1. Household Energy Audits
Do heating or cooling bills get you down? Dial up your energy provider. Many of them offer free in-home audit programs where a rep inspects your residence inside and out and provides you with a complete list of ways you can save. Many of these improvements require little upfront expense - upgrading weather-stripping, caulking, and light bulbs are all cheap - and you can reduce your home energy bills significantly as a result.
If you're a parent, you know that children's toys require a whole lot of batteries, and those don't come cheap. Sign up for the rewards program at your preferred office supply retailer, and several times per year you can be notified when batteries are available for free. Simply pay the full purchase price up front (you're usually limited to two packs of either AA or AAA batteries), and the next quarter you receive that amount back, less sales tax, in the form of a rewards certificate. The program also features general office supplies, as well.
3. Your Personal Credit Report
It's a good idea to review your personal credit report several times per year for errors, but you should never pay for it. Go to the website AnnualCreditReport and you can get one free copy per year from each of the three main reporting agencies - Experian, TransUnion, and Equifax. Watch out for imitation sites though, there are plenty of pretenders out there.
4. Computer Software
Companies like Avast and AVG offer solid antivirus software free of charge. Concerned it's not safe enough? I've used both in the past, I'm on the Internet a lot, and I've never had a problem. Just be sure to choose the free version - these websites do have paid offerings, but they're generally not necessary.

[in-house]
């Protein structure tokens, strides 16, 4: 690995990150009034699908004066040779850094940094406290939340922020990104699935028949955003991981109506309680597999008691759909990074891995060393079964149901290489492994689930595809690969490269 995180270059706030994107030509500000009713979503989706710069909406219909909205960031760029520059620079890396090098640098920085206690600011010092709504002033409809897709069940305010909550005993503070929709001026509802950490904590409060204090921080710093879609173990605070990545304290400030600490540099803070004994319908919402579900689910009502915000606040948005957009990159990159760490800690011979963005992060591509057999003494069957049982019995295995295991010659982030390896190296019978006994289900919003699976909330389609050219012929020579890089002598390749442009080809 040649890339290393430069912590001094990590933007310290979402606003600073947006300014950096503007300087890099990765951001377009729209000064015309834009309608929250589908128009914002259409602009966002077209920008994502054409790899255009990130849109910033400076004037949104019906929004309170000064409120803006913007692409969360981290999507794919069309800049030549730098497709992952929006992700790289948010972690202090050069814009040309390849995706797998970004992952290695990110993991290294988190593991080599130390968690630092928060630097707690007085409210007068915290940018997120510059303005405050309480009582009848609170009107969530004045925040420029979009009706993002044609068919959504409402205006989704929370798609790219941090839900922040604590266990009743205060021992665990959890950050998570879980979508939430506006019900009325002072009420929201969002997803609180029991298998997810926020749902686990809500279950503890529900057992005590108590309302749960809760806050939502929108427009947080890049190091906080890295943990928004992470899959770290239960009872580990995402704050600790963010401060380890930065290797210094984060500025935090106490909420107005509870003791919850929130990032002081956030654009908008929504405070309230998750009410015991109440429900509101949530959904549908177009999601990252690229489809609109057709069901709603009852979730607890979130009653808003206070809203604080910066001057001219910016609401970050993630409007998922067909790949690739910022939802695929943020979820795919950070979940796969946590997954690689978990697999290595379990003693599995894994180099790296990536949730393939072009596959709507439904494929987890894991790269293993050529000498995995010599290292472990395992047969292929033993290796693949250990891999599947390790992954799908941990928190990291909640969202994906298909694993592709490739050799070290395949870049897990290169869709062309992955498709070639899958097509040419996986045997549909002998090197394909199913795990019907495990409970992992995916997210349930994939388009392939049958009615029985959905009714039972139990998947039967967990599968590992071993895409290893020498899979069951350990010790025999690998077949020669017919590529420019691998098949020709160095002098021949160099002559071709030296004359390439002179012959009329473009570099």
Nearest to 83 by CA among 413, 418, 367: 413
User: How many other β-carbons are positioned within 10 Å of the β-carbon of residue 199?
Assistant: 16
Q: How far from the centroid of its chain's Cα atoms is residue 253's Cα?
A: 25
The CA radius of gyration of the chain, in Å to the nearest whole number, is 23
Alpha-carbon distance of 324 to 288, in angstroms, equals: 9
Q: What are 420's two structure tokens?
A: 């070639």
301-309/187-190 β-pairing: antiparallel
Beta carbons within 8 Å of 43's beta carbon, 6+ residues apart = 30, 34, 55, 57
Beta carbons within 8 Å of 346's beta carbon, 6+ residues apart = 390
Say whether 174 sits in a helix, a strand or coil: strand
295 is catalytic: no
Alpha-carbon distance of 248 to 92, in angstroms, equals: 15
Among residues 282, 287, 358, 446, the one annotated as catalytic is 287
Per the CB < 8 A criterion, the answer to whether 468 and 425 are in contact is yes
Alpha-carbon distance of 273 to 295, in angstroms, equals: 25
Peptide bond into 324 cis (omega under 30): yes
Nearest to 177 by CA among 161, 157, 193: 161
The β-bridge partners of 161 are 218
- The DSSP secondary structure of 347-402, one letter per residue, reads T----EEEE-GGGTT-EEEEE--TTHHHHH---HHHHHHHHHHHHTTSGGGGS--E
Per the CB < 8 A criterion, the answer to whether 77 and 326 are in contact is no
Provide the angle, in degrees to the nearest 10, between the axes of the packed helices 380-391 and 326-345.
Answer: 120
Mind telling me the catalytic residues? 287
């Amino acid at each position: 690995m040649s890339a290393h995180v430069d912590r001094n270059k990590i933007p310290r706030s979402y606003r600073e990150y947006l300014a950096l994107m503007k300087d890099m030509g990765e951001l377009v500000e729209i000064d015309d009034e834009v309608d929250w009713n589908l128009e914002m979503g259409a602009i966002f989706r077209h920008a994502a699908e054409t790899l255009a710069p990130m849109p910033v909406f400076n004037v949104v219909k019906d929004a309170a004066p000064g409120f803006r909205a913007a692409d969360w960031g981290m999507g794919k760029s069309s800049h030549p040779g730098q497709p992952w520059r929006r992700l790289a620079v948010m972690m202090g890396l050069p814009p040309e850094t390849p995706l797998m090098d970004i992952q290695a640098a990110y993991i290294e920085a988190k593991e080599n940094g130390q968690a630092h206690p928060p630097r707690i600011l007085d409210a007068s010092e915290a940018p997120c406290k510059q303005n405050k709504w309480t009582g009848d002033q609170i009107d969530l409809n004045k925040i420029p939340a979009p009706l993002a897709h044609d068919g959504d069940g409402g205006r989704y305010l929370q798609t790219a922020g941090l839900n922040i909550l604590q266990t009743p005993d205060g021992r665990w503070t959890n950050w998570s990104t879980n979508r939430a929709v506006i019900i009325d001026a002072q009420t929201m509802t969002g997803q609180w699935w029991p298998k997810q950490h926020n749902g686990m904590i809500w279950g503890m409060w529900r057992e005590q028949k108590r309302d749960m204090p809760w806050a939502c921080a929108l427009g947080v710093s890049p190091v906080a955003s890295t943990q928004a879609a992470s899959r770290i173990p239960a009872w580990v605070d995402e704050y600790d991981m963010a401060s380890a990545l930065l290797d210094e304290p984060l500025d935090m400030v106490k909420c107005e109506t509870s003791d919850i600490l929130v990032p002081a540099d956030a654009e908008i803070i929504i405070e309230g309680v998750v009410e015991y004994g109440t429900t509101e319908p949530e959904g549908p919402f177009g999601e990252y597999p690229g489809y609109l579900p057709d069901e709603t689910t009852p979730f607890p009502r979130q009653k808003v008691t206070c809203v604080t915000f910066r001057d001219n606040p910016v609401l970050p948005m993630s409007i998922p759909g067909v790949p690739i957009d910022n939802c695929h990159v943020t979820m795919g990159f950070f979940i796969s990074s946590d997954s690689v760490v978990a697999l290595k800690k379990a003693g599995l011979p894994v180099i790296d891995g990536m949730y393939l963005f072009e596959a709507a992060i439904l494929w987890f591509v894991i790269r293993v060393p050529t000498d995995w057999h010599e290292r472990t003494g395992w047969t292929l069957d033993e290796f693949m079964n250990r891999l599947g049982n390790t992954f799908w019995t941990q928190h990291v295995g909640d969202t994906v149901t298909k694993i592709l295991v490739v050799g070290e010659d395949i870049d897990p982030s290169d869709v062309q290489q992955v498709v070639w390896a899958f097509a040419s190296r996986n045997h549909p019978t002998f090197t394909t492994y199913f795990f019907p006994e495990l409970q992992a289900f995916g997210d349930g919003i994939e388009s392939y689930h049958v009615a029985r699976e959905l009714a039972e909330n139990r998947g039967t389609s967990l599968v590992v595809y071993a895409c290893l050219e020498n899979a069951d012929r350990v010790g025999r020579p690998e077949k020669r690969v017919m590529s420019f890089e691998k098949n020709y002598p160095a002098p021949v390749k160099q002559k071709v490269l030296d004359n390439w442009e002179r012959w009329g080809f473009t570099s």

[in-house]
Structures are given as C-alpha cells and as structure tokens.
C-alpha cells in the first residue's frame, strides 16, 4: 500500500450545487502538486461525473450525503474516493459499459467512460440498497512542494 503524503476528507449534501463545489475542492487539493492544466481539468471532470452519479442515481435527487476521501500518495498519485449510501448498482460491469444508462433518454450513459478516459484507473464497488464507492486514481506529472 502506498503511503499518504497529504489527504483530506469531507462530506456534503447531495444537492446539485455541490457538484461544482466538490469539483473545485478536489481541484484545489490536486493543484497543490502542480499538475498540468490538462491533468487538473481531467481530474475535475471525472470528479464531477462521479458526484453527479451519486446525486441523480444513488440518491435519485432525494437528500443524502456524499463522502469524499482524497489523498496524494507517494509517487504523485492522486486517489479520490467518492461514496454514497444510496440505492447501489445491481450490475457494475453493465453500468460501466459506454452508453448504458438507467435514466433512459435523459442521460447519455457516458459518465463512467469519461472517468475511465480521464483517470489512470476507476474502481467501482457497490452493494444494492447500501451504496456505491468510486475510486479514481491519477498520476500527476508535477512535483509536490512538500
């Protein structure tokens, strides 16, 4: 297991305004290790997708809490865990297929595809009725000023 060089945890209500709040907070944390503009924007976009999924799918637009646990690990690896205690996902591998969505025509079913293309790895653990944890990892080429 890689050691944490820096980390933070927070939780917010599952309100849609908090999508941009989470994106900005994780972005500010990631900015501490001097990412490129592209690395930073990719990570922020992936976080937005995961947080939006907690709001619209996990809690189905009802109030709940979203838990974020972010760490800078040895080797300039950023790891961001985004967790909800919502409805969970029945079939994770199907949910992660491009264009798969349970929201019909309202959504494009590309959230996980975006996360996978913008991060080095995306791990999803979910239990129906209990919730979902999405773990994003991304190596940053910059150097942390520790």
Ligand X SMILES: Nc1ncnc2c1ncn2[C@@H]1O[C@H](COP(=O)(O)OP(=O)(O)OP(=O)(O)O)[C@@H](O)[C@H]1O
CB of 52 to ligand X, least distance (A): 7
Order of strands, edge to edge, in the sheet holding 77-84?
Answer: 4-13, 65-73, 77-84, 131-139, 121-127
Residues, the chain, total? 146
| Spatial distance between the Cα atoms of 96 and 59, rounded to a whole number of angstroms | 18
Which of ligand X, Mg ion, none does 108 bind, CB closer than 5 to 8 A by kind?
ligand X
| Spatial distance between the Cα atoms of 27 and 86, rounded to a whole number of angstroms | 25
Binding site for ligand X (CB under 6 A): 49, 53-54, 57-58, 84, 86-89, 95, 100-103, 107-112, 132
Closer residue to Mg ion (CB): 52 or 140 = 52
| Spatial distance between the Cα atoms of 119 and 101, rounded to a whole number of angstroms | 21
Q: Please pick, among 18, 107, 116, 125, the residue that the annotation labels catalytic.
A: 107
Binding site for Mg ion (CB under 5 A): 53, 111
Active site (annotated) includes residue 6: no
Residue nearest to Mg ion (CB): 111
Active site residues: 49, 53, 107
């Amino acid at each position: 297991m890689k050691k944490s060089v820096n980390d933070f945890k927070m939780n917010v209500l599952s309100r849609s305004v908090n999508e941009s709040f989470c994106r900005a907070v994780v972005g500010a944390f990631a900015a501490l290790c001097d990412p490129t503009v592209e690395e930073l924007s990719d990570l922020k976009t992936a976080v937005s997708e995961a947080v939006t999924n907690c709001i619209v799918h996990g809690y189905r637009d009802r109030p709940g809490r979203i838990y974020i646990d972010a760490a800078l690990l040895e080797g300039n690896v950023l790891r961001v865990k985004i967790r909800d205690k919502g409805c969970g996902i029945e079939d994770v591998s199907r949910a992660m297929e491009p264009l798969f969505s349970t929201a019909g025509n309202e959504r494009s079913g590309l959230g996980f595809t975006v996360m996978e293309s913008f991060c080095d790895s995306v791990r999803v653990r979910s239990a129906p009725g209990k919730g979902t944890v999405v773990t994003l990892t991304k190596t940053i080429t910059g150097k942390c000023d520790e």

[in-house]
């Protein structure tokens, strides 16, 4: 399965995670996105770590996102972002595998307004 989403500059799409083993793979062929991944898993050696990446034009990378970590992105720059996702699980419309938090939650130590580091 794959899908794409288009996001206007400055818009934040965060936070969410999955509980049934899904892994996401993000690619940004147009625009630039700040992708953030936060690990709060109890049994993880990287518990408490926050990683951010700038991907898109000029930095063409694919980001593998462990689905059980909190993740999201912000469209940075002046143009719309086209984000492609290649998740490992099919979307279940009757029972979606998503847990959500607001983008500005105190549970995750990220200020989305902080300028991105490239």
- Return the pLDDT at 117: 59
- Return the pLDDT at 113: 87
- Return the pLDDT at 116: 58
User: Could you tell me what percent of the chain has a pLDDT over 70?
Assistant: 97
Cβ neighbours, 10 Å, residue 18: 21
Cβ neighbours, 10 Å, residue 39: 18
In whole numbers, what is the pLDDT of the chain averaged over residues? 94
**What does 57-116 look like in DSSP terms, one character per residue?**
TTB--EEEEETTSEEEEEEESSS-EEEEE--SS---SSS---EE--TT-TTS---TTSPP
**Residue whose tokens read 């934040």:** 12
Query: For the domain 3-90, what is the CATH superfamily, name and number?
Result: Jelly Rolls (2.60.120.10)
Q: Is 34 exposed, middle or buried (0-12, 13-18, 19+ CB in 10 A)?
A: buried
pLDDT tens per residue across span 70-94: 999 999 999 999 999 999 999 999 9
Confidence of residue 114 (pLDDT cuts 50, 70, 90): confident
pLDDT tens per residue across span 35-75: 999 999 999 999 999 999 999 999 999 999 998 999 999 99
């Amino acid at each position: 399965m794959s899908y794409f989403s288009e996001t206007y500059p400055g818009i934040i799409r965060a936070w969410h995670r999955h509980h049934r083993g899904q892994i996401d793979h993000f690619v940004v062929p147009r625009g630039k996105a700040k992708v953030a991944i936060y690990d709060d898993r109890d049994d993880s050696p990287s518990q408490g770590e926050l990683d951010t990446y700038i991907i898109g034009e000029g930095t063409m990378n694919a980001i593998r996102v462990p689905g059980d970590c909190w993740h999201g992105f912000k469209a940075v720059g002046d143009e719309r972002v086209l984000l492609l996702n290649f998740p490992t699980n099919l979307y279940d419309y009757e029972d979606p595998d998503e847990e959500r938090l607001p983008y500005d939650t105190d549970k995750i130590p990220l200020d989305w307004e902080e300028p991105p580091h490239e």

5. Cleaning Supplies
Instead of restocking your cabinet every few months with household cleaners for your toilet, glassware, wood floors, and so on, start making them from home with products you already have. This may not be 100% free, but it can save you a bundle. Plenty of recipes are available on the Internet (generally containing white vinegar, baking soda, and other household staples) that result in effective cleaning products for pennies on the dollar.
6. Large Furniture and Appliances
Need a new couch? How about a fridge? Instead of shelling out cash for your new appliances, check the "free" tab on Craigslist or join the website Freecycle. You can find just about anything under the sun, and as long as you're able to drive to pick it up you can get it without spending a dime.
7. Food on Your Birthday
Check the websites of your preferred restaurants and look for any that offer a birthday club. Sign up and receive coupons via email which you can use in either the month or week of your birthday. Often these are good for free sandwiches, desserts, and more. A few restaurants with birthday clubs are Subway, Benihana, and Captain D's.
To take this strategy to the next level, start a journal, noting every time you get something for free, and how much money you saved. Each time your total reaches $100, make a deposit or payment to whatever area of your finances needs the most help. Tackle credit card debt first, then look to your emergency fund balance or your kids' college savings program. Getting stuff for free is great, but using that extra money to its best benefit is even better.
What products or services do you know of that you can get for free?